The Gordon Prize

WPI community celebrates prestigious Gordon Prize with panel discussion, award ceremony

April 15, 2016
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 Today, WPI will celebrate receiving the prestigious 2016 Bernard M. Gordon Prize for Innovation in Engineering and Technology Education. The Gordon Prize was awarded to WPI by the National Academy of Engineering (NAE).

The events include a panel discussion, “Perspectives on Engineering Education: A Conversation,” at 2:30 p.m. in Alden Memorial. Interim dean of engineering David Cyganski will host the discussion, and President Laurie Leshin will moderate.

Panelists are:

  • Rick Vaz, dean of interdisciplinary and global studies at WPI;
  • Mark Russell, a member of the WPI Board of Trustees and Corporate Vice President of Engineering and Technology and Mission Assurance at Raytheon;
  • Lynn Pasquerella, president of Mount Holyoke College; and
  • C.D. Mote Jr., president of the National Academy of Engineering.
Rick Vaz
Kris Wobbe

The discussion will be followed at 3:30 by the presentation of the Bernard M. Gordon Prize for Innovation in Engineering and Technology Education.

The Gordon Prize includes a $500,000 award, half of which will go to the university in “support of the continued development, refinement, and dissemination of The WPI Plan. The other $250,000 will be divided among four faculty leaders who have advanced the WPI Plan to new levels of innovation and opportunity.

They are Vaz, Diran Apelian, Alcoa-Howmet Professor of Mechanical Engineering; Arthur C. Heinricher, dean of undergraduate studies; and Kris Wobbe, associate dean of undergraduate studies.

WPI is investing its $250,000 into the Center for Project-based Learning, and Vaz who,  since 2006 has overseen the significant expansion of WPI’s Global Projects Program, will lead the new center.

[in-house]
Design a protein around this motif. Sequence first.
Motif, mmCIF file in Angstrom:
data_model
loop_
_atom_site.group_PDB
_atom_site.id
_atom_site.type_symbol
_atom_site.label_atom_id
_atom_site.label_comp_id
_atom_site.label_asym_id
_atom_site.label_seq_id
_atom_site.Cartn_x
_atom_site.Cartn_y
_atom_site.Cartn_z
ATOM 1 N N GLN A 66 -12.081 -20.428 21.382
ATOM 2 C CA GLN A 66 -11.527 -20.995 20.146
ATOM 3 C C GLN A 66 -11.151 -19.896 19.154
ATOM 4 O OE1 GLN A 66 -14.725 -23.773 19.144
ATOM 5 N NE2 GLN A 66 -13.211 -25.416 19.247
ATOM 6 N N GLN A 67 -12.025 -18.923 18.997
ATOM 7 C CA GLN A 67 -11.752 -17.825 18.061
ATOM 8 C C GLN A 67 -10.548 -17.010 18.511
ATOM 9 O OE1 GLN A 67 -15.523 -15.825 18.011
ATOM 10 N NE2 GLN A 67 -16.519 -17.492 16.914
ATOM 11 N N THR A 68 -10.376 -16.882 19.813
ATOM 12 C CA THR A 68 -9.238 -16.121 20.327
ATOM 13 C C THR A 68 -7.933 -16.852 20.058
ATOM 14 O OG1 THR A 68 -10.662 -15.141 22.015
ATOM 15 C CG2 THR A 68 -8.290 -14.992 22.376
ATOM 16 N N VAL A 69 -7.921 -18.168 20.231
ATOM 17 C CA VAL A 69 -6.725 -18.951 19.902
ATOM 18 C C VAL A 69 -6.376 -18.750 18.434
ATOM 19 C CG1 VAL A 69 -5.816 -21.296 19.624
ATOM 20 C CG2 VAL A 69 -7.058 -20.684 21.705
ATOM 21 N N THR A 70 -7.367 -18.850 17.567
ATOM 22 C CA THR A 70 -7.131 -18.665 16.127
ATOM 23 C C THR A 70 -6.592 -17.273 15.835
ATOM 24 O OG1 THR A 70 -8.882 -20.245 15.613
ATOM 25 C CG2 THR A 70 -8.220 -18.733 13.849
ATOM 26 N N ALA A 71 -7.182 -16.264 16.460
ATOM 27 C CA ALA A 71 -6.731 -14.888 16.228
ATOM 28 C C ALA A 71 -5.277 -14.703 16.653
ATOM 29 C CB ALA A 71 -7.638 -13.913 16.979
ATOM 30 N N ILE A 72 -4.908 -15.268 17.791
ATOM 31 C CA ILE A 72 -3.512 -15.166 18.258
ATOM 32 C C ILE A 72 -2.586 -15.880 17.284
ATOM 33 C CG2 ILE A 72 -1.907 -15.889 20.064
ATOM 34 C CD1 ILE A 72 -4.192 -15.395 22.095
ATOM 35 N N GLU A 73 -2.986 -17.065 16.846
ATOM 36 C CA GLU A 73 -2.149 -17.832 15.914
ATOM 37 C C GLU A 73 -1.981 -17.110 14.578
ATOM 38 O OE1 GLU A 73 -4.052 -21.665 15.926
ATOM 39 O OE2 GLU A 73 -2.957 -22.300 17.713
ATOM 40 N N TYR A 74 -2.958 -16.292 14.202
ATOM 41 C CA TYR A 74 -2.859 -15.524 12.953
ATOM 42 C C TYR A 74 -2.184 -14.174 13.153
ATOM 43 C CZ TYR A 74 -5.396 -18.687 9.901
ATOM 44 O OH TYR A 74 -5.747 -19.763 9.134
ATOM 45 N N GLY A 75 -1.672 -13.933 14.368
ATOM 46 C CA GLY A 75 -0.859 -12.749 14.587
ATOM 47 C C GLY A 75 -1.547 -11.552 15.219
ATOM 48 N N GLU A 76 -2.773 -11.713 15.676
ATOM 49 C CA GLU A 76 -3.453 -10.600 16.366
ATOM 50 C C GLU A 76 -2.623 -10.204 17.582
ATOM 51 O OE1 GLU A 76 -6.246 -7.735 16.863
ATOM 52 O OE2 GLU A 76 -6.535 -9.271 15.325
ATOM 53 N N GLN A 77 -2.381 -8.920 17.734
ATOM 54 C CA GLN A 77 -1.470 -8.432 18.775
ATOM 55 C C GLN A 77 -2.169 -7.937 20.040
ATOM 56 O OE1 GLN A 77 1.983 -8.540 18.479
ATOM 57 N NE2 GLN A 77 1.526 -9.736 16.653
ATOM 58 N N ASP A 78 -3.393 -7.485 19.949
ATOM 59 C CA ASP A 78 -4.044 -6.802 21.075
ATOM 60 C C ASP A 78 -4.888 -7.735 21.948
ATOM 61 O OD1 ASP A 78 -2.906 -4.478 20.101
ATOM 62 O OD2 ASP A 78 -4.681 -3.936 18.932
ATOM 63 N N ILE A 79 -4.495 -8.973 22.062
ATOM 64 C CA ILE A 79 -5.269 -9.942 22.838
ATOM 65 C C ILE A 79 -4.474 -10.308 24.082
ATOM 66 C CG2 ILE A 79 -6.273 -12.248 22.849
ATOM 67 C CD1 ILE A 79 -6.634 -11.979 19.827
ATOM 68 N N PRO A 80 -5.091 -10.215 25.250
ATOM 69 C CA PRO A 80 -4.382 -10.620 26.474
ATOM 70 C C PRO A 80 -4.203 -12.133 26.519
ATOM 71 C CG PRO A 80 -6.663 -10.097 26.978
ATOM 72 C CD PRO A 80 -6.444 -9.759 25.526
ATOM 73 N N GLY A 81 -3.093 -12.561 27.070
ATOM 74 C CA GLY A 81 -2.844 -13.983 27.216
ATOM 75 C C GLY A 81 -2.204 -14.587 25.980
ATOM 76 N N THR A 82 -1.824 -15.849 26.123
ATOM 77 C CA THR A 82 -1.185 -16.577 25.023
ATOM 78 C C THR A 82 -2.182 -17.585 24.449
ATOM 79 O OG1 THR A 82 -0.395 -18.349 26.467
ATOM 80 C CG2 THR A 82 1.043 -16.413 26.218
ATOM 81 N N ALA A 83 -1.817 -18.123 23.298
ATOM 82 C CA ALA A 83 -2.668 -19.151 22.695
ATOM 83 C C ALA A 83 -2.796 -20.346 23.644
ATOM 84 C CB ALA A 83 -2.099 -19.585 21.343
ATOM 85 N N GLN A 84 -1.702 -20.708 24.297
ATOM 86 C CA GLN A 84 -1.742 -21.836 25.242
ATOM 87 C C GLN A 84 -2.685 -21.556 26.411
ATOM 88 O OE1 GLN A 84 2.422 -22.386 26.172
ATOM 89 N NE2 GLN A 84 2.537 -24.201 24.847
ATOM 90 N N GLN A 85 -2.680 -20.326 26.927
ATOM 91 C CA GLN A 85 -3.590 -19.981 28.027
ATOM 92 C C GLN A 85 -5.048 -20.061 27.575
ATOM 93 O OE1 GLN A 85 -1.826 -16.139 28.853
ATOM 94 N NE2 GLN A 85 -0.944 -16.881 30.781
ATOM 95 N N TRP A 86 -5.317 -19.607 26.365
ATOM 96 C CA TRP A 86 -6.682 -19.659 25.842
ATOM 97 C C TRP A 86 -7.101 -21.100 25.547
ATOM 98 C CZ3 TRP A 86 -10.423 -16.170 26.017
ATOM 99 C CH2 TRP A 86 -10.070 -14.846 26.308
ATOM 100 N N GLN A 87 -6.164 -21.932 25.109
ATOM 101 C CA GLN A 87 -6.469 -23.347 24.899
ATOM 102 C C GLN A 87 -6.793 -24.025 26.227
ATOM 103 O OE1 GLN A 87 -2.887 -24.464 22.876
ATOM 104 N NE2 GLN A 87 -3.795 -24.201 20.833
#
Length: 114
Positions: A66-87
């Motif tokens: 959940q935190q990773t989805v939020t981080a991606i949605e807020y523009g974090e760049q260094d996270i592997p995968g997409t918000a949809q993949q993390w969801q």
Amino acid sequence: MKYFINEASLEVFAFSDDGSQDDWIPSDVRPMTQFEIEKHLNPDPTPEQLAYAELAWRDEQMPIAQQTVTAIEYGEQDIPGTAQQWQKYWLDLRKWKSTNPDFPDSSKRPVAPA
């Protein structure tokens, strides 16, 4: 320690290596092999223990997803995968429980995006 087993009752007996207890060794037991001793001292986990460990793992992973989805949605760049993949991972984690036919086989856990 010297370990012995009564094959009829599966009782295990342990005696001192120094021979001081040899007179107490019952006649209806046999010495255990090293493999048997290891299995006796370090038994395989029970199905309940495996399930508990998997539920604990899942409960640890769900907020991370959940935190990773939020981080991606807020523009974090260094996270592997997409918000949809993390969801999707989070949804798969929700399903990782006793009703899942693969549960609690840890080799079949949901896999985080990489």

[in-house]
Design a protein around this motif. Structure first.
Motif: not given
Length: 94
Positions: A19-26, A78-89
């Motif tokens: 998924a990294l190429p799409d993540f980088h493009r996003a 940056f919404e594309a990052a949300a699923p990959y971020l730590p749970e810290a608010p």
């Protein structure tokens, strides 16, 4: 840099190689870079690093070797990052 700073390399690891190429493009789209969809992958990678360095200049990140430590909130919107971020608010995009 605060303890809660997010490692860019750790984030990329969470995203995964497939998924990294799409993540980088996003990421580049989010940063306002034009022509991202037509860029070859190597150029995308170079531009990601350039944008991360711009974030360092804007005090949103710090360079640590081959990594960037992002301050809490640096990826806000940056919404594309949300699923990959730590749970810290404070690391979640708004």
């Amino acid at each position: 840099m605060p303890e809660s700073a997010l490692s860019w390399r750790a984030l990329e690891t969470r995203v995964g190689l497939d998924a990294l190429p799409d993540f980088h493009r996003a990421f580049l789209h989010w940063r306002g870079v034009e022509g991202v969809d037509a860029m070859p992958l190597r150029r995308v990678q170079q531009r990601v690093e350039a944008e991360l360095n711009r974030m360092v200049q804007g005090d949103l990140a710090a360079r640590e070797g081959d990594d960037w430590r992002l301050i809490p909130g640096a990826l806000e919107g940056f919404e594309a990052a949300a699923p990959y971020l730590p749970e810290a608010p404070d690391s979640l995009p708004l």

Diran Apelian
Arthur C. Heinricher

“The Bernard M. Gordon Prize is the most prestigious award in engineering education,” he says. “The Prize recognizes 45 years of leadership in project-based learning as developed and delivered by several generations of WPI faculty.

“We are greatly honored by this recognition. WPI will use the institutional portion of the Gordon Prize to support the launch of the WPI Center for Project-based Learning, aimed at helping other colleges and universities make progress in advancing project-based learning on their campuses. Through the Center, it is WPI’s objective to enhance student learning at institutions of all types across the nation and the world.”

Founded in 1964, the National Academy of Engineering is a private, independent, nonprofit institution that provides engineering leadership in service to the nation. Its mission is to advance the well-being of the nation by promoting a vibrant engineering profession and by marshaling the expertise and insights of eminent engineers to provide independent advice to the federal government on matters involving engineering and technology.